“We talk a lot about what we can do for the climate, but we never talk about the things we have to give up. And we do have to give some things up”
His prize is a rewarding feeling of full ownership over his house and therefore his life. “When I sit there drinking coffee in my garden, knowing that I personally built every bit of the house I am looking at, I feel like a king. I trampled those walls into shape with my own feet and my walls combined cost 1,000 kroner [€120]. It’s sort of like a joke that never gets old.” Martin tells 5 he was inspired to go off-grid after reading the cult novel Doppler by Norwegian author Erlend Loe, in which a dad gives up his mundane suburban life in favour of pitching camp in a nearby forest and befriending an elk named Bongo.
The number of people living in off-grid communities in the US and Europe has doubled over the past ten years. This development is evident in the growth of Off-grid.net, a forum for off-gridders to share tips, hopes and fears about taking the big leap. In its chat rooms, the desire to escape the urban pressure cooker is palpable, with posts like “Looking for a fella to escape the rat race with” and “Wanting to live like a modern-day Thoreau, who’s with me?”, interspersed with practical tips for surviving without power, and a map to help people find off-grid communities in their area.
Nick Rosen is the founder of the website and the author of two books on the off-grid movement. He has also recently bought an acre of land in the south of England on eBay, where he plans to build a woodland shed. He tells me that throughout the 12 years he’s been studying off-gridding, its popularity has always increased in times of crisis: “When people feel insecure about the state of society, the desire to do something different becomes stronger.” This year’s coronavirus outbreak was no exception. Most of those messaging Nick at the moment are people who have realised they can actually work from home, “and that home can be anywhere with a phone signal”.
“There’s nothing not modern about it. Hydro-power, wind power, these are all highly sophisticated technological innovations”
But there’s another – differently poised – group who have been thrown into off-gridding post-corona: the recently jobless. Especially in the US, says Nick, “hard-working folk can come into a situation where they simply can’t pay their rent. At that point you might choose to buy a small plot of land somewhere inexpensive and start again.” This less glamorous version of off-gridding is not the one in evidence on Instagram and Facebook where the hashtag #offgrid brings up a swarm of voyeuristic snaps including designer-clad babies brushing horses and muscular men building clay houses. While this is the side of off-gridding most easily viewable to an outsider, and one that Nick agrees exists, off-gridders are actually a diverse mix of people. “I would say it is about 50/50, those doing it out of need vs. those doing it out of desire.”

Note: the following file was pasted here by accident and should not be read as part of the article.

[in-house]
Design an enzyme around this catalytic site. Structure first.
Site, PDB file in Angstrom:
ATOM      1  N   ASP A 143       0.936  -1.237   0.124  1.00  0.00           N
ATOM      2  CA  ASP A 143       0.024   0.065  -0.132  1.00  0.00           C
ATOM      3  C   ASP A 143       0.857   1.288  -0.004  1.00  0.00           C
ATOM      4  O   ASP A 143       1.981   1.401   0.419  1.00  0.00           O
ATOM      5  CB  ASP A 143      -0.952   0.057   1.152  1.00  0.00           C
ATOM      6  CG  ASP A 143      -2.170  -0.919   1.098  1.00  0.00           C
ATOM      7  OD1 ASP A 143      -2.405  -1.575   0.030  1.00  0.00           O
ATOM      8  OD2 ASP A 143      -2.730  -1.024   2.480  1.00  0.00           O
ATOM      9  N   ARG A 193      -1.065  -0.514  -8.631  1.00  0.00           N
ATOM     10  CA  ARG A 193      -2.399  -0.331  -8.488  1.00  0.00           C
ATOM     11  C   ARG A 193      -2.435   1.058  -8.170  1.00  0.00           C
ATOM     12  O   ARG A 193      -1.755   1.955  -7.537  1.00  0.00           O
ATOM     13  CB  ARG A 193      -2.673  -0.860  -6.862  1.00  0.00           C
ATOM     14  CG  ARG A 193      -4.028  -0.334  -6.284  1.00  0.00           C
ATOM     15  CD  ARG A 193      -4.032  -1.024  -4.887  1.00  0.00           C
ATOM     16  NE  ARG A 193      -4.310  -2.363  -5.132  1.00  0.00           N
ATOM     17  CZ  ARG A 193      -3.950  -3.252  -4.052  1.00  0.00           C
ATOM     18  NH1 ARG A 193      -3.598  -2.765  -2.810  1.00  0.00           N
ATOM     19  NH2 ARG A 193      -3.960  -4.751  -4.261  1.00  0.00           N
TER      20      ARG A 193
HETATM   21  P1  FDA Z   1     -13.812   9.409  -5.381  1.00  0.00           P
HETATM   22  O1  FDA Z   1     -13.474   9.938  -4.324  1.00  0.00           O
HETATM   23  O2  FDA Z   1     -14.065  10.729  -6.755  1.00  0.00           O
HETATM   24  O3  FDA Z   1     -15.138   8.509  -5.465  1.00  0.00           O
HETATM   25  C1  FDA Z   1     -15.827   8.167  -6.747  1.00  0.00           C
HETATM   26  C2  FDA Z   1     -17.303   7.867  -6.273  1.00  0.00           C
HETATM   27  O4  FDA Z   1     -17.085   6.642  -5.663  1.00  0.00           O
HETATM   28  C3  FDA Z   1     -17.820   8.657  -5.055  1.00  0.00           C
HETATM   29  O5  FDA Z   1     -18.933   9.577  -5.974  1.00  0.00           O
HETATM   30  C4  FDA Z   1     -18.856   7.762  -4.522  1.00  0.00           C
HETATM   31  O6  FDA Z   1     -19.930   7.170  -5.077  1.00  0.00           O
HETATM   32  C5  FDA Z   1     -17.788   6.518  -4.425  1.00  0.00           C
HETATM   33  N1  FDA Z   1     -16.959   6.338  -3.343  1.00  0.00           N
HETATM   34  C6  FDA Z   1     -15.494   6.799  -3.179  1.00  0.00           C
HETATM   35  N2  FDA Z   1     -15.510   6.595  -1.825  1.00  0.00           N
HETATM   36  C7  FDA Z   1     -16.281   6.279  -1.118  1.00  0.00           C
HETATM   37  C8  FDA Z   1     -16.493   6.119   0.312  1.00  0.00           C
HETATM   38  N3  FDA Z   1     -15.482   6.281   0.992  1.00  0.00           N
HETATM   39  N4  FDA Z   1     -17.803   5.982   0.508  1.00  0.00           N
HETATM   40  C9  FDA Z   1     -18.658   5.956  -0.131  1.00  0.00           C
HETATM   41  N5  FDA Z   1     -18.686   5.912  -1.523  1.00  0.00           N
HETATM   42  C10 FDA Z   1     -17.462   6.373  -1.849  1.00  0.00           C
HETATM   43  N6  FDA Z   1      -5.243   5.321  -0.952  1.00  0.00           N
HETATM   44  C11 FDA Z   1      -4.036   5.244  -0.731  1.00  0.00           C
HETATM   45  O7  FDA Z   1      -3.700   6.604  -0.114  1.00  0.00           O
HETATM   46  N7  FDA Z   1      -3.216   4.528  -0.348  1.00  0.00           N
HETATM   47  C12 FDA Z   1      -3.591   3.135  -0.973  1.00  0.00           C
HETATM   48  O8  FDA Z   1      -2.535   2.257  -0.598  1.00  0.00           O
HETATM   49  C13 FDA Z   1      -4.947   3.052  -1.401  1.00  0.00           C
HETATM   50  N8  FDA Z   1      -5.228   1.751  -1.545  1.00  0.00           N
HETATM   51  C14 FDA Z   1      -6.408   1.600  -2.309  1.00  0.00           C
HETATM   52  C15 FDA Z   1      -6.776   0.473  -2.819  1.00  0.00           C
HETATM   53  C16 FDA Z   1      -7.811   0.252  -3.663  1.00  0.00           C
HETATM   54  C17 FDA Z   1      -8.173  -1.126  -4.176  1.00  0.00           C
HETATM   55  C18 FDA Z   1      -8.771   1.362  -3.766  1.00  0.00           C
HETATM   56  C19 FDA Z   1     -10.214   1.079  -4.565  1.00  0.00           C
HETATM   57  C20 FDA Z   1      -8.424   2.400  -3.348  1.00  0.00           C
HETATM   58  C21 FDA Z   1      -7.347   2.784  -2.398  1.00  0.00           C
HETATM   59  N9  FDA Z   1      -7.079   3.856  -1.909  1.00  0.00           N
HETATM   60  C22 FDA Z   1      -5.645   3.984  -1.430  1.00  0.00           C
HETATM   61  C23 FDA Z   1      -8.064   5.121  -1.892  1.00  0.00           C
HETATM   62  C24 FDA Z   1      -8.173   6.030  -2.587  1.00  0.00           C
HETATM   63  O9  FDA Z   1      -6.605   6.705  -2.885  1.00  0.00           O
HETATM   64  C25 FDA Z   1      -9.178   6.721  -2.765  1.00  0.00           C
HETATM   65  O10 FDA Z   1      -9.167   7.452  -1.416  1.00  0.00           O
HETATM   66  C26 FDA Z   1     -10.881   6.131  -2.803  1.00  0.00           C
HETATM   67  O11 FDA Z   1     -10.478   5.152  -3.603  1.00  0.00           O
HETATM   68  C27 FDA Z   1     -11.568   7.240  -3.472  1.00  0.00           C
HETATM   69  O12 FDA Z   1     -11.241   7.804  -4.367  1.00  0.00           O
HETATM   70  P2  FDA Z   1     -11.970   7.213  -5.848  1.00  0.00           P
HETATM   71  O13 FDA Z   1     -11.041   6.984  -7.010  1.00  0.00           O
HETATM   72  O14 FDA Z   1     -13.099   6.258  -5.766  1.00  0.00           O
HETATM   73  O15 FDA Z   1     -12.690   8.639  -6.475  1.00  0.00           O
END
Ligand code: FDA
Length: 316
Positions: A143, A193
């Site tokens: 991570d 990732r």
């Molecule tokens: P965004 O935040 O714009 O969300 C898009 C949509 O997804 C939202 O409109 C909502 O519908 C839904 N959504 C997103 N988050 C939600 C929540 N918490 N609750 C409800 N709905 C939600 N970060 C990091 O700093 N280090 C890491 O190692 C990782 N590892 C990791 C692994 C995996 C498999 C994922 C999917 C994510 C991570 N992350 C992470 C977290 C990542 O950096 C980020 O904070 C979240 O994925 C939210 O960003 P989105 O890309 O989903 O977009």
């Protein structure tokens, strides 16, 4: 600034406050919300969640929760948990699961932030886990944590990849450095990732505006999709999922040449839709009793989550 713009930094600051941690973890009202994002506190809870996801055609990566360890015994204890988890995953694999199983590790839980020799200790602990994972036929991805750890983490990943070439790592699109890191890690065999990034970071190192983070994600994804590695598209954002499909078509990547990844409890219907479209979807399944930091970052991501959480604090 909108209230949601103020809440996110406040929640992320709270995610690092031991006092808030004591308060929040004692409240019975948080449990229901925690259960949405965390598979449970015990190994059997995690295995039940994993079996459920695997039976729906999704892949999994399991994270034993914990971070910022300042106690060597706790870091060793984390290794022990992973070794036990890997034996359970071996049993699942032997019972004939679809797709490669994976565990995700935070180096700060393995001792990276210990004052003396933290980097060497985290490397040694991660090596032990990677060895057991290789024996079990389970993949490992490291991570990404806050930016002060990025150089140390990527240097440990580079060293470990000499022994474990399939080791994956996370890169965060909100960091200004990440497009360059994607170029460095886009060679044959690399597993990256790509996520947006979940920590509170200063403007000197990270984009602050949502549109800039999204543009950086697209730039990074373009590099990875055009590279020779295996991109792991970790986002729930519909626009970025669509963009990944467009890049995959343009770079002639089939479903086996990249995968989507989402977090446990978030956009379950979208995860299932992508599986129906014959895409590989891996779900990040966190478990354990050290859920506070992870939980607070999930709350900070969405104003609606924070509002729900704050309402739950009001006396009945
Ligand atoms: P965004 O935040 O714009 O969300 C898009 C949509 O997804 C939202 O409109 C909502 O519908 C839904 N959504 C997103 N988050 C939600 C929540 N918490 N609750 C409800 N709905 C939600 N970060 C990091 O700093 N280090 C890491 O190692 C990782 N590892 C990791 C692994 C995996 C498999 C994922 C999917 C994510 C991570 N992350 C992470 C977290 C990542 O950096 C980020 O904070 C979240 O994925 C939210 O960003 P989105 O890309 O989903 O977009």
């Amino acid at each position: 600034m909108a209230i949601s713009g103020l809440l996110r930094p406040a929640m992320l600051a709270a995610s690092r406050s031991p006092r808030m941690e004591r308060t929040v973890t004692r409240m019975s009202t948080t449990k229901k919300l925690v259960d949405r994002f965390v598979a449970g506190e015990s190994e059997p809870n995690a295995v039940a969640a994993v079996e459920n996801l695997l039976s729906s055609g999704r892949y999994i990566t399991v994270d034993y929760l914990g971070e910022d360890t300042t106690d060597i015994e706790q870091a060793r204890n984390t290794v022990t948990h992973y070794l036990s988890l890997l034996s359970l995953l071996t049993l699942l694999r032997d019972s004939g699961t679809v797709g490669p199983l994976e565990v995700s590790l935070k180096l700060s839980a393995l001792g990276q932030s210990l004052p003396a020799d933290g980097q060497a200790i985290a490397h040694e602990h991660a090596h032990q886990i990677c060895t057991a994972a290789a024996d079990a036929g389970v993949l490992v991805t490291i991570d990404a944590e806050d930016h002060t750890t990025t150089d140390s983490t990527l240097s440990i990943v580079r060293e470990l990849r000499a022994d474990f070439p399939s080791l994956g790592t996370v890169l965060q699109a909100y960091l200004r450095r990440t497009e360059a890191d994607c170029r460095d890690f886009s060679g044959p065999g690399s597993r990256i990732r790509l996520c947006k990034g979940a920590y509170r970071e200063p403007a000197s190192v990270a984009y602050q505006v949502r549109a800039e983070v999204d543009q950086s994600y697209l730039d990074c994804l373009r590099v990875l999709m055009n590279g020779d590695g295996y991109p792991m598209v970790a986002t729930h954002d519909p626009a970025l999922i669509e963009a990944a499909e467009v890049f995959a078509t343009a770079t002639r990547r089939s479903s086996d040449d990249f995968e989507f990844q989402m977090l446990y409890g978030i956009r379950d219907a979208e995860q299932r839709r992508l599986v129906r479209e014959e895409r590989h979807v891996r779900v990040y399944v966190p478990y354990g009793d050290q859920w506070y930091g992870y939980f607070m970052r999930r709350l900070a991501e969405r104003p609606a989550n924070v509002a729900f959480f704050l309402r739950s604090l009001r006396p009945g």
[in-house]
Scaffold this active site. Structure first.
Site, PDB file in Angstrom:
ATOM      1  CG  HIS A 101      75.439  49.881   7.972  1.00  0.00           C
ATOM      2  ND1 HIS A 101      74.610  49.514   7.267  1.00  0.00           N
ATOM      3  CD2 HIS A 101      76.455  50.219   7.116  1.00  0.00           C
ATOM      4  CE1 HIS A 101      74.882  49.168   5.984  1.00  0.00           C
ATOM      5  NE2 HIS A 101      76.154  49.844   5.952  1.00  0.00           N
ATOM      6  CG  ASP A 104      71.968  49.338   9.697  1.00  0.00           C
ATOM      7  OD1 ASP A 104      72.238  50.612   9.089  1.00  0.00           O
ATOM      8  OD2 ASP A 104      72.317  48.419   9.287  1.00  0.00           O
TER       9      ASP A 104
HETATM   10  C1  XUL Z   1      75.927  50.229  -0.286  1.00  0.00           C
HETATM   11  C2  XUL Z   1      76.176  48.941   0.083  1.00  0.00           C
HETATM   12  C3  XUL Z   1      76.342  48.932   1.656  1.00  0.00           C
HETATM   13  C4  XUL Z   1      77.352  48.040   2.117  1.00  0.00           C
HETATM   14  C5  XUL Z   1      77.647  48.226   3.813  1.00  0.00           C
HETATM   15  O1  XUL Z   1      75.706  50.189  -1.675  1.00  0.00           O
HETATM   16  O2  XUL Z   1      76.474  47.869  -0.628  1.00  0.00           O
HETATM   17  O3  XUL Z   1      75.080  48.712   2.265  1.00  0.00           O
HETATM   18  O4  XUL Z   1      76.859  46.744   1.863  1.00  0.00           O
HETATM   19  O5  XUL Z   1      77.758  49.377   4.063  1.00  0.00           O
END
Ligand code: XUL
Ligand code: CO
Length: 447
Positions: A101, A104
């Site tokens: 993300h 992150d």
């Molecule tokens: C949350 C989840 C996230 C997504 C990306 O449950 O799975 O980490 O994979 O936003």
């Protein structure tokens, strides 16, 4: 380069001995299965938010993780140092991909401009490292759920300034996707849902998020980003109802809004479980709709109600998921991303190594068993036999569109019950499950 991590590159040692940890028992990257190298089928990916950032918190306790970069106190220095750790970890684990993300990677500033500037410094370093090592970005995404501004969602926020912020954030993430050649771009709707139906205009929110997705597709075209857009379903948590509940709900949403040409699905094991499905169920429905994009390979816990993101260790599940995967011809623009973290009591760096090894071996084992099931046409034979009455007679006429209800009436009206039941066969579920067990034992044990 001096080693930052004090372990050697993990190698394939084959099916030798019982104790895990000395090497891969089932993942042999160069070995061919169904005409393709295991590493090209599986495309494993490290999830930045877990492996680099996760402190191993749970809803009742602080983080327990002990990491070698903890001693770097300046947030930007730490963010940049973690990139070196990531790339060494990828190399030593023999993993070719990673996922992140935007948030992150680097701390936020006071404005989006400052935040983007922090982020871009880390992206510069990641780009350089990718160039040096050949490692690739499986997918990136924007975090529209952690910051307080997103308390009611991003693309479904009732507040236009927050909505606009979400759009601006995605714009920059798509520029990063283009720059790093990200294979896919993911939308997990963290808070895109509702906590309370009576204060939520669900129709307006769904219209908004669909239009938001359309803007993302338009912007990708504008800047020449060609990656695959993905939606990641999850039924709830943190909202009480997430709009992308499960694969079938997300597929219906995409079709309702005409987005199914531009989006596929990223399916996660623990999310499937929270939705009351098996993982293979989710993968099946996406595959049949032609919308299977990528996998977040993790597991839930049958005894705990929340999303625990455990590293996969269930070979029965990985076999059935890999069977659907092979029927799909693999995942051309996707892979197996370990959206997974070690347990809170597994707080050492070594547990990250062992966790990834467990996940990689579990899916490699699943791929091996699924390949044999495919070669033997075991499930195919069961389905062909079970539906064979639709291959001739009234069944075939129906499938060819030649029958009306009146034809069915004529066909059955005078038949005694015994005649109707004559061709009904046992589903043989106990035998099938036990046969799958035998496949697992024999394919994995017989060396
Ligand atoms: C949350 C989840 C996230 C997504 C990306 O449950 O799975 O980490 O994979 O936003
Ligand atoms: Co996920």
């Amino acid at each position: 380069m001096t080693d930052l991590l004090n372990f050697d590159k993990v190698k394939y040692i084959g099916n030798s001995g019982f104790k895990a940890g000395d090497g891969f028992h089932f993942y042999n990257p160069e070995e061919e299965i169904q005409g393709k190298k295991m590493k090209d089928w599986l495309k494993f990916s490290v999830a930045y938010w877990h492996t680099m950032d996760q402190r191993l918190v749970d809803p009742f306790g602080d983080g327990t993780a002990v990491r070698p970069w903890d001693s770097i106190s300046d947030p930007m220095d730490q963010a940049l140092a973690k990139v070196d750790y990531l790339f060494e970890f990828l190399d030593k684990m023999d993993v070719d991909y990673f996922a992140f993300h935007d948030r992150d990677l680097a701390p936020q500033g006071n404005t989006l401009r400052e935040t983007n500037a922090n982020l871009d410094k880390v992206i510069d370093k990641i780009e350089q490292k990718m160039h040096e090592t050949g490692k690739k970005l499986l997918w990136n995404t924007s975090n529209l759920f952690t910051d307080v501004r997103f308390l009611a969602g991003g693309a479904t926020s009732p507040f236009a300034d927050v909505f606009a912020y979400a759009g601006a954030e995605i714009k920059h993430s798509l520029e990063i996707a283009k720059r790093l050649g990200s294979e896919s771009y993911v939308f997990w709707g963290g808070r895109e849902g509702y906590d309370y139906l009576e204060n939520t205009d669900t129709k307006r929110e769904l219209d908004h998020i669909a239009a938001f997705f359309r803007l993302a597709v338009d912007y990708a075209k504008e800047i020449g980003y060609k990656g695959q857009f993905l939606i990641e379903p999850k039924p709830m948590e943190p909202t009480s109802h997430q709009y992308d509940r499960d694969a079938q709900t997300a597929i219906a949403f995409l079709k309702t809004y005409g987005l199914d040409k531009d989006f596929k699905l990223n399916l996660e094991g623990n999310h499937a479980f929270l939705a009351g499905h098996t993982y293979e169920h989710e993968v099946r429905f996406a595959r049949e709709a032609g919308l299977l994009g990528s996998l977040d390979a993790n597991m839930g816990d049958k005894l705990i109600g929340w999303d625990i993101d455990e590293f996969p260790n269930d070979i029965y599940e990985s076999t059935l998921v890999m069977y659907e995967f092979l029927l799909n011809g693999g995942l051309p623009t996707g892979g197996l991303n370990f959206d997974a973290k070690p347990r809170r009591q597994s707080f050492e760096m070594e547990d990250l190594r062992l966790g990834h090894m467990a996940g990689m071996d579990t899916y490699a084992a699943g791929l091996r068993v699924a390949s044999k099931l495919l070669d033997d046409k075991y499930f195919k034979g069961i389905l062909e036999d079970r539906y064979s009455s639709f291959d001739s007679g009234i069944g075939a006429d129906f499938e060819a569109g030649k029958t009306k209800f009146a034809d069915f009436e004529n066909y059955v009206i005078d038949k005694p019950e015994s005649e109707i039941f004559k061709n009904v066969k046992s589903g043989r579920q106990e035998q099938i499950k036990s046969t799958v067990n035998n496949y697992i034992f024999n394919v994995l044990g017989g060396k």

Perhaps these internal variations are why the off-grid trend has not condensed into a cohesive global movement yet. Few of the off-gridders that 5 spoke to identified themselves as part of a larger cross-border campaign or community. Rather as local activists making small rings in large waters: leading by example. Lars Keller, for example, is one of the original members of Friland, a community of a hundred in western Denmark whose main ambition is to get off the “economic grid” i.e. the property ladder, and become debt-free. At Friland, people usually build their own house in around three-to-five years, in which a family can live for around €2,500 a year. “We end up having people from all walks of life here because it’s economically accessible. Including people who would struggle to find their place in regular society.”
“People can do what they’re passionate about rather than work out of necessity”
At Friland people have little or no mortgage to pay off, which means that “they can do what they’re passionate about rather than work out of necessity”, says Lars. It’s a place where people paint, write or garden their days away. This, according to Lars, makes Friland a model of how society could be happier overall. Was this what Karl Marx was dreaming of when he wrote that a man will be free of alienation when he “hunts in the morning, fishes in the afternoon and criticises after dinner”? You don’t have to be a communist to understand the appeal.